Pleading the Fifth—NL Style

The other day over at Fangraphs, R.J. Anderson responded to a quote from Dodgers’ GM Ned Colletti about Colletti’s desire for a legitimate fifth starter. “We’d love to have a bona fide 5th starter,” Colletti stated. Anderson responded by making the case that the Dodgers already have their “bona fide 5th starter” on their roster.

Anderson referenced a quote from Matthew Carruth defining what it meant to be a fifth starter. Essentially, Carruth argues that when fans or GMs argue for “a mythical fifth starter”, they’re usually arguing for someone who produces a league average ERA, pitches 180+ innings and wins 10-12 games. That pitcher is a myth because Carruth says that the true definition of a fifth starter is one who is “the worst starter to have actually pitched.” To illustrate this point, let’s examine the 5th best starters in each NL team’s rotation from 2009. Here, I’m defining the 5th starter as the starter with the 5th best FIP among the group of starters on each team who started the most games for their respective teams.

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**Is this guy bona fide, Ned? He was the fifth starter on a division champion last year!** (Icon/SMI)

Among this group of fifth starters, not one pitched as many as 180 innings in 2009. Again, not one team had its fifth best starter (as defined by FIP) meet the innings “requirement” that most people basically see from a “bona fide 5th starter.” In fact, not one even qualified for the ERA title. Aaron Cook led this group by throwing 158 innings, followed closely by Jamie Moyer‘s 143.1 innings, Kenshin Kawakami‘s 142.2 innings and Rich Harden‘s 141 innings. This group of 16 pitchers averaged fewer than 20 starts (19.88) and only 109.1 innings pitched.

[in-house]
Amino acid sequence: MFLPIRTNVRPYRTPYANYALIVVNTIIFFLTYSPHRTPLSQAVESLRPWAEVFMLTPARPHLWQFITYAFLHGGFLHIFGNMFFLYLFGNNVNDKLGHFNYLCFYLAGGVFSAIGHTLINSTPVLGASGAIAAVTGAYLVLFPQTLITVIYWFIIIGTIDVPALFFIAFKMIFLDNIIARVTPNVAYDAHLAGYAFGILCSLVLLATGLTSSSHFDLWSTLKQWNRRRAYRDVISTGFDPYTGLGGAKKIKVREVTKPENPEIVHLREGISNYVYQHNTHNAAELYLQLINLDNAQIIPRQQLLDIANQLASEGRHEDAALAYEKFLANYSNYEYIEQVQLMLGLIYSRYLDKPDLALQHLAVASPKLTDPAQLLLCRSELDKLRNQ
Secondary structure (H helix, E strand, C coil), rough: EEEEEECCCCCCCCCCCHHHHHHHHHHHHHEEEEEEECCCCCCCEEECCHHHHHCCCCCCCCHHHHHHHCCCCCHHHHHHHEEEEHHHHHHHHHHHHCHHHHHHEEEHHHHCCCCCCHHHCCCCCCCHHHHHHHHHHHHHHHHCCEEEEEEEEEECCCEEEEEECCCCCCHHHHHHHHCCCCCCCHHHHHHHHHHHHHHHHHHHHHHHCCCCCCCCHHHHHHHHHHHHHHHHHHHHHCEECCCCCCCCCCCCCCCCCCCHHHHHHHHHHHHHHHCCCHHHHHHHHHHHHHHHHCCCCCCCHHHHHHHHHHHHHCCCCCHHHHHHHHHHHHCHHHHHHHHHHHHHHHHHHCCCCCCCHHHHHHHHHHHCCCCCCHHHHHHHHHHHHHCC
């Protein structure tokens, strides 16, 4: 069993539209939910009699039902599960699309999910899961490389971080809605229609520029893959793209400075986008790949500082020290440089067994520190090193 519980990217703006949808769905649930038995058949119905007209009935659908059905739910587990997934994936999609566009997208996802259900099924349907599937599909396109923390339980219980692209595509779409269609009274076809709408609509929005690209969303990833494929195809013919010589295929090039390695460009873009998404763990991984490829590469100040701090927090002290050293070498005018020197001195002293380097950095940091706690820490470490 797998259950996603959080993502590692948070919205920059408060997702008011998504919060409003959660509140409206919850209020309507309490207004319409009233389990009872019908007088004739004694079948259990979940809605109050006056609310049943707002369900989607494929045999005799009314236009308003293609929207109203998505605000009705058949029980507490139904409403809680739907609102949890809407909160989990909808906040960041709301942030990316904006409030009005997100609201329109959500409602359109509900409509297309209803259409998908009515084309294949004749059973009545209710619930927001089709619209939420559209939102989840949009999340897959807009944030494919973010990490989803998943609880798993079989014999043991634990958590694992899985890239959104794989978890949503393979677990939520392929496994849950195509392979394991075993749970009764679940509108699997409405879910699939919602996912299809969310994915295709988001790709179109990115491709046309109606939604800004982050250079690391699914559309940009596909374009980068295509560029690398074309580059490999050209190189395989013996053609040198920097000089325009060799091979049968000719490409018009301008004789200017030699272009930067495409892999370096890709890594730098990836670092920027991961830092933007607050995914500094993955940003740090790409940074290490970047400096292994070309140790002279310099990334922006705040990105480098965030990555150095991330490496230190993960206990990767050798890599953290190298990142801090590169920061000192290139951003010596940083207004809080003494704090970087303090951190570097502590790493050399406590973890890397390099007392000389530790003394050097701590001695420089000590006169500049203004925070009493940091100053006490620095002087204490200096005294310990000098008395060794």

Their average record — 5.75 wins and 8.06 losses. Their average ERA and FIP — 5.13 and 5.03, respectively. In other words, fifth starters were — as one would expect — far worse than league average starters in 2009. In fact, they were basically replacement level starters. Cook’s 1.9 WAR led the group, followed closely by Harden’s 1.8 and Kawakami’s 1.7 WAR. As fifth starters go, these guys did a nice job but they’re hardly the innings-eaters Colletti seems to be looking for.

Other members of this illustrious group included Shairon Martis, Josh Geer, Eric Stults, Micah Owings (who’s better known for his hitting, by the way!), Yusmeiro Petit, and Chris Volstad. The group also includes David Bush and his 6.27 ERA, Todd Wellemeyer and his 6.08 ERA (and his team won its division!), and Felipe Paulino‘s 5.69 ERA. It also included future Hall of Famer Randy Johnson.

What, then, are the implications for teams’ rosters? The bottom line is that teams do not need to spend valuable resources in an attempt to bring in an innings-eater for the fifth spot in the rotation. While it would be nice to have everyone in the rotation make 28-30 starts and throw 180-plus innings, that’s just not realistic. Why pay a guy $5 or $6 million (or more!) if you’re only going to get 110 innings and a 5.50 era from him? “Fifth starters”, therefore, are very fungible creatures. A team doesn’t need a great one in order to reach the postseason or even to reach the World Series. In fact, only Aaron Cook even made his team’s playoff roster.